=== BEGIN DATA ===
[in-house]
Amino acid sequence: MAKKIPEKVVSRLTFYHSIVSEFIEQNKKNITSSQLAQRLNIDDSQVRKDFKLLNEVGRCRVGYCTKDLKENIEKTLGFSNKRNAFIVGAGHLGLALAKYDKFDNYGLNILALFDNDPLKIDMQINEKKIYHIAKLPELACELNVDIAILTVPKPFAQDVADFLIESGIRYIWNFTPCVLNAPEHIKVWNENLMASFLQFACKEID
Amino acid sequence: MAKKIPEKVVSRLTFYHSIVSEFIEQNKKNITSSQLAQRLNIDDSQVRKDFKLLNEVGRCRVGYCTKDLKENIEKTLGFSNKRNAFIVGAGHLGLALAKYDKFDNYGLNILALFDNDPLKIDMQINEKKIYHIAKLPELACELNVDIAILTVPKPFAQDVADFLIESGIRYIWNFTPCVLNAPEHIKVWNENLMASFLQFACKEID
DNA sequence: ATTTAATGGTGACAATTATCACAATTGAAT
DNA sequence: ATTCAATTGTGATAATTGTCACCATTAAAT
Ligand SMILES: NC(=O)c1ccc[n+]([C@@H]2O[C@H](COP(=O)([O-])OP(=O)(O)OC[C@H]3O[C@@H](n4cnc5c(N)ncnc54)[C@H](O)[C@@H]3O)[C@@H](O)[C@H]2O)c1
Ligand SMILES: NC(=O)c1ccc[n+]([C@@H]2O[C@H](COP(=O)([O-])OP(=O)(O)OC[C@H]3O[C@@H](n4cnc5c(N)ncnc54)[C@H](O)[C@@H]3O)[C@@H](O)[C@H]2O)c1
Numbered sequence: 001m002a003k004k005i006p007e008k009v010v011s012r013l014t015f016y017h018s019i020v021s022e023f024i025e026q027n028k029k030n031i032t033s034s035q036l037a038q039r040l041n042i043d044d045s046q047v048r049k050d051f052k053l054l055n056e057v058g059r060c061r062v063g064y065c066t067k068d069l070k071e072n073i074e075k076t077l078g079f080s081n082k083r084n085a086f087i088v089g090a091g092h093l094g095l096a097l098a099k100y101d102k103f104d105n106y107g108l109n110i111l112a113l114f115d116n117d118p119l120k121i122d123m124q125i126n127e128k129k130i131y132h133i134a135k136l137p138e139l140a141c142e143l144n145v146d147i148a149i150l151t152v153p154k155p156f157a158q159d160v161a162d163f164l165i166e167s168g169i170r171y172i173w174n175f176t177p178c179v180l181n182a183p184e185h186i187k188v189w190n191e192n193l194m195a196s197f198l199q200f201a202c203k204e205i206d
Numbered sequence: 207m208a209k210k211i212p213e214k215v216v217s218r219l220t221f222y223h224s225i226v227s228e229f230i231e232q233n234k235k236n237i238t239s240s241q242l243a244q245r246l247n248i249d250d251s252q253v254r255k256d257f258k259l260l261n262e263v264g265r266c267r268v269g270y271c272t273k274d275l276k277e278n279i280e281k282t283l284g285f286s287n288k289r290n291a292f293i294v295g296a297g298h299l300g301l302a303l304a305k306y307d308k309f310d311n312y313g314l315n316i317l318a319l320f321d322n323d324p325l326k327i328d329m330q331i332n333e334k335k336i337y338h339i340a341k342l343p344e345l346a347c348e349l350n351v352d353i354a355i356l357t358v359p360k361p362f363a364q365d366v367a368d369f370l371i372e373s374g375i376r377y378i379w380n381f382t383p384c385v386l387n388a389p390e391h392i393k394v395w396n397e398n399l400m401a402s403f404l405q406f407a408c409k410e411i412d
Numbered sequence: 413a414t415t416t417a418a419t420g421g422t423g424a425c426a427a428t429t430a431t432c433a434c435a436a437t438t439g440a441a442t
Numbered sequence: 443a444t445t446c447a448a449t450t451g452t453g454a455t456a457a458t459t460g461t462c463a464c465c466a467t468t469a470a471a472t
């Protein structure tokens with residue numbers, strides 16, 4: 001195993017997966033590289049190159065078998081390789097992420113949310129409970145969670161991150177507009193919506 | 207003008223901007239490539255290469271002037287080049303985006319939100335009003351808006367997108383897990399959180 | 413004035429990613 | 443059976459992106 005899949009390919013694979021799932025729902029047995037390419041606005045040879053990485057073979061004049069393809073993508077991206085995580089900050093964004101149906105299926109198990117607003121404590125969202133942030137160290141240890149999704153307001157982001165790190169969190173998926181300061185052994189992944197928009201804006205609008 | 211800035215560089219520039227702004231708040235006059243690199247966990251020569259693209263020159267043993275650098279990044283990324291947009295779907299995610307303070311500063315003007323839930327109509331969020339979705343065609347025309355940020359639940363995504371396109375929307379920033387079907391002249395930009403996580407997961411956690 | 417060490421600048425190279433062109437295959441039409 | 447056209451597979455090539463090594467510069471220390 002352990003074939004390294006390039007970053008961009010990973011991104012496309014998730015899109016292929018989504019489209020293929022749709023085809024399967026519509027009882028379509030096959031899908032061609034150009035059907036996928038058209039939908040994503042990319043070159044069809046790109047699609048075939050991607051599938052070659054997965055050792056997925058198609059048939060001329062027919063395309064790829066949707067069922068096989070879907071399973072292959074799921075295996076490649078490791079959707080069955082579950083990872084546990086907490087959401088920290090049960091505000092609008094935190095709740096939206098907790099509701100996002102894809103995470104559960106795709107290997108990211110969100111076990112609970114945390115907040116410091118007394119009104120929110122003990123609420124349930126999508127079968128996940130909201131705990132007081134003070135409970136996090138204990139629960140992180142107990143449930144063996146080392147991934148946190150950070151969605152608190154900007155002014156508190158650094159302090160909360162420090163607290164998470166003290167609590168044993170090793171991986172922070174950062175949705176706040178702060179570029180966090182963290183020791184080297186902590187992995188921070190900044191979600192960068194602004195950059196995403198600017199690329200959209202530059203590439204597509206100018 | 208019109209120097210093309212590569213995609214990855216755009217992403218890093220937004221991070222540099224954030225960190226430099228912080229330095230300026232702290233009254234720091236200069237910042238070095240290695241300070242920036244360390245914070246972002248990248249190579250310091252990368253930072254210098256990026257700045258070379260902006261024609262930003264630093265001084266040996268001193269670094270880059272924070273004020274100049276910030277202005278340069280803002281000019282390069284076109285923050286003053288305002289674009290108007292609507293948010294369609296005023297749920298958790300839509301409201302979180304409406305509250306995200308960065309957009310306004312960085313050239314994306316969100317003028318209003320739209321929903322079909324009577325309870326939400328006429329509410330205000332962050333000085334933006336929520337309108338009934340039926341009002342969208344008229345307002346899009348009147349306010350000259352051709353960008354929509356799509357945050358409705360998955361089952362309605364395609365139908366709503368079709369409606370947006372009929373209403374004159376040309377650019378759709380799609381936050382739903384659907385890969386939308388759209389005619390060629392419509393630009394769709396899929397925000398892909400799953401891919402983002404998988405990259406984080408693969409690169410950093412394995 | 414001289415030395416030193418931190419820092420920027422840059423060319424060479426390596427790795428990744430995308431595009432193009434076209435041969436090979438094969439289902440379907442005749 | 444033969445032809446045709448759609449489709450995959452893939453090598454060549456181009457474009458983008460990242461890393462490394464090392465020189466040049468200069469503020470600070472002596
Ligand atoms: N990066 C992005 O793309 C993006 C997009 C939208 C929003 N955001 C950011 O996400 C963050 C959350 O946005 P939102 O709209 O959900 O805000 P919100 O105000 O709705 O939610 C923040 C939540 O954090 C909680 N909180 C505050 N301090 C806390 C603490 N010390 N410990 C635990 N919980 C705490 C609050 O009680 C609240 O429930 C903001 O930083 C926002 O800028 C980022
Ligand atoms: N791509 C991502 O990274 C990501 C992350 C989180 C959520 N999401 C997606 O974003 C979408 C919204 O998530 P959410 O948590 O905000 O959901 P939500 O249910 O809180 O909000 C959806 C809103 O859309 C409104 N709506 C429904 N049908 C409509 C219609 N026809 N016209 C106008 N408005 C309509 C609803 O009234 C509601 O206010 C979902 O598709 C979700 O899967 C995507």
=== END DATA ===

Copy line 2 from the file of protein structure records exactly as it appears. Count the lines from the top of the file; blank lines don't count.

Amino acid sequence: MAKKIPEKVVSRLTFYHSIVSEFIEQNKKNITSSQLAQRLNIDDSQVRKDFKLLNEVGRCRVGYCTKDLKENIEKTLGFSNKRNAFIVGAGHLGLALAKYDKFDNYGLNILALFDNDPLKIDMQINEKKIYHIAKLPELACELNVDIAILTVPKPFAQDVADFLIESGIRYIWNFTPCVLNAPEHIKVWNENLMASFLQFACKEID